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DSE Version: 6.0

Node

Video

Apache Cassandra is a distrubuted system composed of nodes. In this unit, we learn about how individual nodes function.

Transcript: 

Let’s change it up a bit!  Hi, I am Tanya Gallagher, and I am here to talk to you about the node. Apache Cassandra is a distributed system made up of these little guys called nodes.  Before we get into how they all work together, let’s start by talking about an individual node. This little node is pretty powerful and by itself, it has a lot to do.

A single node runs on a server or in a virtual machine and it runs a Java Virtual Machine or JVM; which is a java process.  This java process is running Apache Cassandra. Apache Cassandra is written in Java.

That node could live in a cloud, inside of an on premise data center, or on a variety of disks.  It’s important to note that we always recommend local storage, or even direct attached storage. What we don’t recommend is running it on a SAN.  Running on a SAN is bad news and will cause Apache Cassandra to roll over dead and make you want to cry. We don’t want to see you cry. As a rule of thumb, if your disk has an ethernet cable, it’s probably the wrong choice for your Apache Cassandra set up.  

So what does the node do?  The node is responsible for the data that that node stores.  All the data stored there is in a distributed hash table. Let’s look at a write--  all the data in Apache Cassandra is hashed, in this case, the key for that is 59. It can read data from it.  In this example, we want to read data with the key 22 from the node. All of those things happen on a single node.  In a distributed environment like Apache Cassandra, there will a lot of nodes that are handling their own chunks of data, but we will get into that in more detail in a different module.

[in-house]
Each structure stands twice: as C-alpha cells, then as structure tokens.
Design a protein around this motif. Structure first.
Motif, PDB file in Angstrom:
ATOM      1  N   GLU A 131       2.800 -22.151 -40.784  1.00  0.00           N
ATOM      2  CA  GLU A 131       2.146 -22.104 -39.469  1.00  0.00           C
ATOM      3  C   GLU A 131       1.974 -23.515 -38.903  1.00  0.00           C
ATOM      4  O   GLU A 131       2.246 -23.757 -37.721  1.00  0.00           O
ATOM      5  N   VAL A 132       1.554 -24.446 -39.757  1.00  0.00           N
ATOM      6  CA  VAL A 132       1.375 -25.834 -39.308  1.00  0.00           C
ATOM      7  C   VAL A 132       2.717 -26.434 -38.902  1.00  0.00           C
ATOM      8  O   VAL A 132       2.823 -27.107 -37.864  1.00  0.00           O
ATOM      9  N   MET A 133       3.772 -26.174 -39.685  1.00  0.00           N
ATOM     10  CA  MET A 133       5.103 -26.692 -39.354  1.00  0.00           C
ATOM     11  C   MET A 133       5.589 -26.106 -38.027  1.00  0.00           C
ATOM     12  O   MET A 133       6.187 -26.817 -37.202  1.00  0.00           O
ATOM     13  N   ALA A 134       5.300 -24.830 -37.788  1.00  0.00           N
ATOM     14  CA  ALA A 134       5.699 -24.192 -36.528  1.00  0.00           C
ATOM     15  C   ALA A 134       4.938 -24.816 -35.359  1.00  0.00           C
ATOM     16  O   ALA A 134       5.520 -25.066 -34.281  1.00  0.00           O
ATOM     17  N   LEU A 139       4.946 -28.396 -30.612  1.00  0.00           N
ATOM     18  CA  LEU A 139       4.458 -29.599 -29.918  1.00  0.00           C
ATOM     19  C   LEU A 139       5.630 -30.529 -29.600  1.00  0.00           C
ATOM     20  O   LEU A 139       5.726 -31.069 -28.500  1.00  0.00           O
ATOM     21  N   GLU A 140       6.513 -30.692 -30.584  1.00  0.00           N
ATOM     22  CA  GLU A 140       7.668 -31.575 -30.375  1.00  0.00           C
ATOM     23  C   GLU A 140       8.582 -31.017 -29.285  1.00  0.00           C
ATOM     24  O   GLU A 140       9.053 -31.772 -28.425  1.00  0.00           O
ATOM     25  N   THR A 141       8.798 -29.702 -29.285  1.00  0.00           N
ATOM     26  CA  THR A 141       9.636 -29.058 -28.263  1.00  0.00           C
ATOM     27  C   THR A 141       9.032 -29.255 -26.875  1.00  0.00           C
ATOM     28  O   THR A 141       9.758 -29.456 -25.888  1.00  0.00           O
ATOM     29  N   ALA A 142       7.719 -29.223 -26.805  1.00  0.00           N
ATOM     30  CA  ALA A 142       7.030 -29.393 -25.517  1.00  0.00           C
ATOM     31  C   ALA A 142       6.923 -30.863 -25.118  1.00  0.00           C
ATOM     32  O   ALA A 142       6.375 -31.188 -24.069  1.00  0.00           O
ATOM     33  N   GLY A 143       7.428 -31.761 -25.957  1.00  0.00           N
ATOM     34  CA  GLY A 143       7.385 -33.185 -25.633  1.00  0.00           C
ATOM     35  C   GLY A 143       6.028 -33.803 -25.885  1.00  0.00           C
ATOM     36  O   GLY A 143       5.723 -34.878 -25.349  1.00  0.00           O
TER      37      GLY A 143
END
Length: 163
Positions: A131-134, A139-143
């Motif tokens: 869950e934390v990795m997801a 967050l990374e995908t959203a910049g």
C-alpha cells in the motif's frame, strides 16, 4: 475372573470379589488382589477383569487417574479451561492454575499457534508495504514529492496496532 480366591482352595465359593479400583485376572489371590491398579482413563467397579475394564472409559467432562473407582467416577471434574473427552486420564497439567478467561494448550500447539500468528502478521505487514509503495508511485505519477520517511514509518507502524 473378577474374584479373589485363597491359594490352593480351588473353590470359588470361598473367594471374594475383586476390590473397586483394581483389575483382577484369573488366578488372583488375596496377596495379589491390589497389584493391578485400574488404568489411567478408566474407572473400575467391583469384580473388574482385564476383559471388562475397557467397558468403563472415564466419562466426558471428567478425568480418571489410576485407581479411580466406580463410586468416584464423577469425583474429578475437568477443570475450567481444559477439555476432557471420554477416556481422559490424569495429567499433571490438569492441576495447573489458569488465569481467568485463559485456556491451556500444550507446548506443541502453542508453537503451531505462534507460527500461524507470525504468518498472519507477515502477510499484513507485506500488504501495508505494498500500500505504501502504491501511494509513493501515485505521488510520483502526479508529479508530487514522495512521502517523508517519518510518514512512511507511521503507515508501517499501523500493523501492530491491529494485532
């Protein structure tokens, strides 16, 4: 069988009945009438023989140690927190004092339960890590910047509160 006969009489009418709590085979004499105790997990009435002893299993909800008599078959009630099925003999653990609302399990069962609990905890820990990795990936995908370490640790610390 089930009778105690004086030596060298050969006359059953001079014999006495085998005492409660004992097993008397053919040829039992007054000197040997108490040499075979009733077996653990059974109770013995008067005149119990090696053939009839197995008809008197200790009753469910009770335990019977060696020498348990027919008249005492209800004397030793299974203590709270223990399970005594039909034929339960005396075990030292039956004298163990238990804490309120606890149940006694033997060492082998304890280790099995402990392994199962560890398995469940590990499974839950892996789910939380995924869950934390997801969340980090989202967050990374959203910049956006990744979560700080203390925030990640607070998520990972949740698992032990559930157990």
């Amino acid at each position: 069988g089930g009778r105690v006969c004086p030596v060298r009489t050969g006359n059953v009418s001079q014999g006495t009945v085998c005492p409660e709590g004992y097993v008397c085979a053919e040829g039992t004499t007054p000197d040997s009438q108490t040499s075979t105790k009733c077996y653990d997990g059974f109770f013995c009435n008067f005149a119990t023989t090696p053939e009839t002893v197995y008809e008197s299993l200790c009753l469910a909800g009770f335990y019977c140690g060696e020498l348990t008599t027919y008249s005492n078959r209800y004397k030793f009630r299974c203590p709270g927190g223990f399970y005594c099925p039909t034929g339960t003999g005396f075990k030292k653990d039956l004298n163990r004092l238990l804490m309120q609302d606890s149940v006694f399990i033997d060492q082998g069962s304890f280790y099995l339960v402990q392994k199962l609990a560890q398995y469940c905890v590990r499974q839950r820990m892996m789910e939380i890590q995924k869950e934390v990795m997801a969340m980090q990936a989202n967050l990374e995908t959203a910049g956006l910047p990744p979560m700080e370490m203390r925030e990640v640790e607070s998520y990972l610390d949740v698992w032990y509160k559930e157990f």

What can that single node handle?  Well, typically about 3000 to 5000 transactions per second per core. Your mileage may vary depending on your hardware and configuration. Those are reads and writes per second per core.  If you have a lot of cores on your server, you can get a lot of transactions going. And how much data are we talking about? About 2-4 Terabytes on SSD or rotational disk. Most everyone has SSDs now anyway, which is great because they are so fast.  If you want more than that on a single server, that takes some playing around with your configuration which is a bit out of the scope of this class and is covered in a different class here on DataStax Academy.

So how can this system be managed?  Well we have a tool for the node aptly named “nodetool”.  Creative, huh? Nodetool is neat because it has some commands that are specific to just the node or some commands that operate on the whole cluster which is cool when you are checking on the health and well being of either that node or the cluster.  For example, “nodetool info” will give you information about the running node by itself, such as JVM statistics, etc. You can also run a “nodetool status” which will give you not just information about the single node but also all the other nodes in the cluster.  This will give you the current state of how this node sees all the other nodes in the cluster.

So this was a quick introduction to the small but mighty node, but this node is a small piece of a much bigger system. That system is the Apache Cassandra cluster which will talk about in a different module.  

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